My home is in the Woodcroft neighborhood of Durham. No, it’s not walking distance to Duke or UNC but it has an extensive system of greenways. I had no idea there were upwards of 30 miles of greenway within the Woodcroft and New Hope Valley neighborhoods with numerous pet waste stations and tiny lending libraries along the route. For the first week that I lived here, I could walk in any direction without having to walk on a shoulder of a roadway. 70% of the greenways are lined with trees with homes backing up to it, without cars racing by at 40 miles an hour. I was really surprised to find a Calisthenics workout park at the crossroads of three greenways without any way to get there except on foot. Like a hidden workout gym without any parking. I’m super excited to experience the transformation of the seasons here. 


My home is quiet. I am 1 mile from Interstate 40, 10 miles from Raleigh/Durham International Airport and 100 yards from Woodcroft Parkway. I don’t hear any traffic, flights or most importantly, trains. Yes, it could be insulation on the house or the location of my bedroom, but I am amazed that I moved from the sleepy little town of Goldsboro with its 4 AM trains and 10 PM fighter jet maneuvers from Seymour Johnson Airforce base to the silence of the “big” city. 


I’ve been a vegan (plant-based) for over 3 years. Trying to eat plant-based east of Interstate 95 is always a challenge. I can’t think of one restaurant in the entirety of Wayne County (where Goldsboro is located) that is a vegetarian, let alone, vegan restaurant. Now, when I search “vegan restaurants near me”? There are 23. 23 restaurants that cater to my lifestyle choice. There is also an array of grocery stores within a 10-minute drive, everything from Whole Foods to Harris Teeter, Wegmans, Sprouts or Fresh Market. All these stores have entire sections of plant-based food. Amazing.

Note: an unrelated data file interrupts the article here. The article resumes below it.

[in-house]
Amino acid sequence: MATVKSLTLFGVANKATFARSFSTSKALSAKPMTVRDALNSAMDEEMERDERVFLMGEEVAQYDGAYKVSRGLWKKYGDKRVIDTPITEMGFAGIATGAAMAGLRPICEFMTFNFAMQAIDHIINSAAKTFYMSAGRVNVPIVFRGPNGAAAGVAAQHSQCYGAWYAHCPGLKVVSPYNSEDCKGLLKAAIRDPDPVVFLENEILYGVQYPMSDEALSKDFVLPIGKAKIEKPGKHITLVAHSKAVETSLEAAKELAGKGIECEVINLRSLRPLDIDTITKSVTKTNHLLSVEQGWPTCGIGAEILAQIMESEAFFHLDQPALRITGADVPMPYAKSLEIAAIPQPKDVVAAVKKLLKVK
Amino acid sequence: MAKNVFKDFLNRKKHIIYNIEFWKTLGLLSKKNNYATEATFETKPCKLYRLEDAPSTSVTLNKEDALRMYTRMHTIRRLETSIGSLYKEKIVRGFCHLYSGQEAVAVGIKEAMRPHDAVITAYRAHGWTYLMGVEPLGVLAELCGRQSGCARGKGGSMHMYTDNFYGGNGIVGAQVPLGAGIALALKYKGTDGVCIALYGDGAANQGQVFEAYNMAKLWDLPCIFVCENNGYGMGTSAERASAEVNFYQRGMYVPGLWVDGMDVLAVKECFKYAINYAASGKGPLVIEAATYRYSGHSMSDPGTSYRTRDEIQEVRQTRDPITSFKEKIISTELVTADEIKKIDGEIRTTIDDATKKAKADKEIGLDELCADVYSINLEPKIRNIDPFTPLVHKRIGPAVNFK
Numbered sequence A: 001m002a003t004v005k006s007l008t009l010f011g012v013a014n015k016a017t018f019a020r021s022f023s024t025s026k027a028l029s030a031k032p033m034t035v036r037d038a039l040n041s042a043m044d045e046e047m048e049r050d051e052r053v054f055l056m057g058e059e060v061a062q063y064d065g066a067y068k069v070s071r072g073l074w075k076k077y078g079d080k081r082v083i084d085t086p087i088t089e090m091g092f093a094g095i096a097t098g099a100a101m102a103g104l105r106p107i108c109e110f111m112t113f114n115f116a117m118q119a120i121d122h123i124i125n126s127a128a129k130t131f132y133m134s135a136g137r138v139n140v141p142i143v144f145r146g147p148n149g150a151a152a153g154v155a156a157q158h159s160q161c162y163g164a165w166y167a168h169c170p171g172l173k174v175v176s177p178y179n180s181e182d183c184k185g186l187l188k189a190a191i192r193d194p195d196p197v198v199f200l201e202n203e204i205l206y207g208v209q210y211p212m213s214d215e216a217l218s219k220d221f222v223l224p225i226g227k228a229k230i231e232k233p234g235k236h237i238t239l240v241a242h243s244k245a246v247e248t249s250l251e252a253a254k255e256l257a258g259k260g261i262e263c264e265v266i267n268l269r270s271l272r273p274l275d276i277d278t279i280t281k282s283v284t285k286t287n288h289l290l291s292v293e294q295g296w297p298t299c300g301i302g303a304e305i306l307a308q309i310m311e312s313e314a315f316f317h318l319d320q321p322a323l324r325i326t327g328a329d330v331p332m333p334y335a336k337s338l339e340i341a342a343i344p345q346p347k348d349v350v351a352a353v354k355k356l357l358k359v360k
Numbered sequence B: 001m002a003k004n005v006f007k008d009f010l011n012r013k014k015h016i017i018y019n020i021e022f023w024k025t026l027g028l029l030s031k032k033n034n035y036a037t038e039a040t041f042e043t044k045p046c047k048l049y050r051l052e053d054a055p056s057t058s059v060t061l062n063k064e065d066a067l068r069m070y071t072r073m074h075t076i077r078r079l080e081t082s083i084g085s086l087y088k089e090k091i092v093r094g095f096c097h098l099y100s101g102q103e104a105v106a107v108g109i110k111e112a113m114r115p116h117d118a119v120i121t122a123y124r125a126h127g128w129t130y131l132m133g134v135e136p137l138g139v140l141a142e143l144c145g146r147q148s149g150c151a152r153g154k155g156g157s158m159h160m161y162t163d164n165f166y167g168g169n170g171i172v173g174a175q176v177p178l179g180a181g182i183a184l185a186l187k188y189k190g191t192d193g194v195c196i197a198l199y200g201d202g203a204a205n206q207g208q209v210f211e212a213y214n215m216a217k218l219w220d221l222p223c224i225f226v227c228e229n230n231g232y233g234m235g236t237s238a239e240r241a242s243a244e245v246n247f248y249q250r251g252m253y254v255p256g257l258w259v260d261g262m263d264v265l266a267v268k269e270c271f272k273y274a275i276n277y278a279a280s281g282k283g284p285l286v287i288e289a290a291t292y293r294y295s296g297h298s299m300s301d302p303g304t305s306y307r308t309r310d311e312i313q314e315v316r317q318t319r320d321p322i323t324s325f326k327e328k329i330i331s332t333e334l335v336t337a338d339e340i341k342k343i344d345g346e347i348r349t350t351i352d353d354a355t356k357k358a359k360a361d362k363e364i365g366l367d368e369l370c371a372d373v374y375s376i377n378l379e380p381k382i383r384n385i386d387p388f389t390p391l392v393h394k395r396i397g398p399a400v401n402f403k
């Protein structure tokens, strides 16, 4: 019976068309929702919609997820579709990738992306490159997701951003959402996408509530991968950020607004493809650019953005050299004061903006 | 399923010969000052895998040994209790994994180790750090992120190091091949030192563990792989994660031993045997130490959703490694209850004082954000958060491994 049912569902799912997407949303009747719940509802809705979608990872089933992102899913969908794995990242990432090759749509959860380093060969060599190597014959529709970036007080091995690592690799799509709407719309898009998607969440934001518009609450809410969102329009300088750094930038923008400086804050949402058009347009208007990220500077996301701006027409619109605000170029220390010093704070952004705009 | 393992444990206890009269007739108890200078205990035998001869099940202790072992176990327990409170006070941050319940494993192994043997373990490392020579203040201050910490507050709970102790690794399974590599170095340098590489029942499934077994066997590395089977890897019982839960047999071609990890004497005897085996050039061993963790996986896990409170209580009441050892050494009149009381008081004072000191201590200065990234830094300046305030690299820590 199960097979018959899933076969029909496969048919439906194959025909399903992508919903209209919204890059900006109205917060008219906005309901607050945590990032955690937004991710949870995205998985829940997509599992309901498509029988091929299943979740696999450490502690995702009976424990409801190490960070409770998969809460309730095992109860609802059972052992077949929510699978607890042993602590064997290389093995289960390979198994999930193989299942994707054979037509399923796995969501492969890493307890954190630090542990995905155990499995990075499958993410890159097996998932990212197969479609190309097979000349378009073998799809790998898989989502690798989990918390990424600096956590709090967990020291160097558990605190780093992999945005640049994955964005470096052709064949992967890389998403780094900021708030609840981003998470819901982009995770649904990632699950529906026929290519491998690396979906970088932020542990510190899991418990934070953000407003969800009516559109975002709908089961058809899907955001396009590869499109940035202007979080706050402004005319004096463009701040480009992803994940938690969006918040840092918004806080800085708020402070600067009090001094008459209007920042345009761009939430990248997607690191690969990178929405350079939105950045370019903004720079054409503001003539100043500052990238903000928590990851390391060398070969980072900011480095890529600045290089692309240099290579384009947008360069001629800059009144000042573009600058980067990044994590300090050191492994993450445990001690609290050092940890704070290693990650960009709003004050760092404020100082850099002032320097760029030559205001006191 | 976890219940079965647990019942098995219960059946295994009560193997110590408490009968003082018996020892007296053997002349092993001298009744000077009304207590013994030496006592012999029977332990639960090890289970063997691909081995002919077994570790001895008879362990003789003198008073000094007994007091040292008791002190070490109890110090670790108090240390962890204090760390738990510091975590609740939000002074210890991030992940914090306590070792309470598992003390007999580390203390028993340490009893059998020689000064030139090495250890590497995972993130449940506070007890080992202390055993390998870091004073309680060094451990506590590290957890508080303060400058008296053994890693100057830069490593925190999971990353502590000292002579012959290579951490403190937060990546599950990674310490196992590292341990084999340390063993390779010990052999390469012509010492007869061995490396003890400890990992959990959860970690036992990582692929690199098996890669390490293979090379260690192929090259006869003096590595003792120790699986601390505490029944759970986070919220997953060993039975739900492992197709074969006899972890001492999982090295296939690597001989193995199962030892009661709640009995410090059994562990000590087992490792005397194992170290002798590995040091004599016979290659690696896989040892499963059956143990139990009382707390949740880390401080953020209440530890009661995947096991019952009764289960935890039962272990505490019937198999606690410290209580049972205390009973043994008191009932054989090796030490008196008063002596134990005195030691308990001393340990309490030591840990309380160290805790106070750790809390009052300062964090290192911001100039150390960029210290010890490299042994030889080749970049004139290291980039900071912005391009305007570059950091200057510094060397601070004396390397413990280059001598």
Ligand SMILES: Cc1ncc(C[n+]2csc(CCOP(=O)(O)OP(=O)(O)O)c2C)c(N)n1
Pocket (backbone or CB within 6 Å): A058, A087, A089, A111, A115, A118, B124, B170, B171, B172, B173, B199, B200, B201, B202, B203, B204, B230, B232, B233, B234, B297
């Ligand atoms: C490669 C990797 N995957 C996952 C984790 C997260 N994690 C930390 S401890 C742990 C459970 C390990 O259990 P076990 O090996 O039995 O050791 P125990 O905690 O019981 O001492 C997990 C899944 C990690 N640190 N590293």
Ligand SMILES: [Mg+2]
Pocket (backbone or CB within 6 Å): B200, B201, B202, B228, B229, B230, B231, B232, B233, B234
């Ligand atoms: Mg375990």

On one of our first walks on a greenway, I was taken aback by the broad-winged hawk, sitting motionless on top of a birdhouse. I felt like they were checking me and my dog, Baci out. I ran into three deer crossing a greenway and there has been a cacophony of bird song as we meander on the trails. Perhaps, most importantly of all, there are a multitude of squirrels to bait my dog Baci. I’m not sure what made me think that Goldsboro had the corner on the market for squirrels, but Durham has not disappointed.


On my walks with Baci, we have seen every age, gender, ethnicity, and color. There are young men walking their dogs, old men running at 6 AM with headlamps on, elderly women sitting on one of the many benches along the greenway, a young couple with a newborn in a stroller, foreign middle-aged couples debating in French, and the young father with his daughter riding a Strider bike. What is fascinating for me is that almost all are quite friendly. Most folks are quick to smile, wave or share greetings. Perhaps I had assumed it was more like a big metropolitan city, where most folks stare blankly forward, but these Durham-ites are friendly. 

I think this is all surprising because Durham County is three times the size of Wayne County.  I wouldn’t expect it to have greenways, food choices and wildlife that are so accessible and yet still maintain a quiet, friendly environment with access to major universities and an international airport. I am surprised but happy with my decision to move.

How to Decide on Happiness

I have struggled over the last few years with finding happiness. I have strained, pushed, and worked on finally arriving at the railroad station, boarding the rail car called Happiness. Having taken this very circuitous route, I’ve come to realize: it’s not a destination; it’s not arriving or departing. It’s not being on standby. The thing is that it’s always been in me. It can be in me right now. It’s funny because as I write this, my dog Baci just relaxed into my lap as I wrote that sentence. She isn’t struggling any more; she is just deciding that laying next to me is perfect. And that is just perfect with me.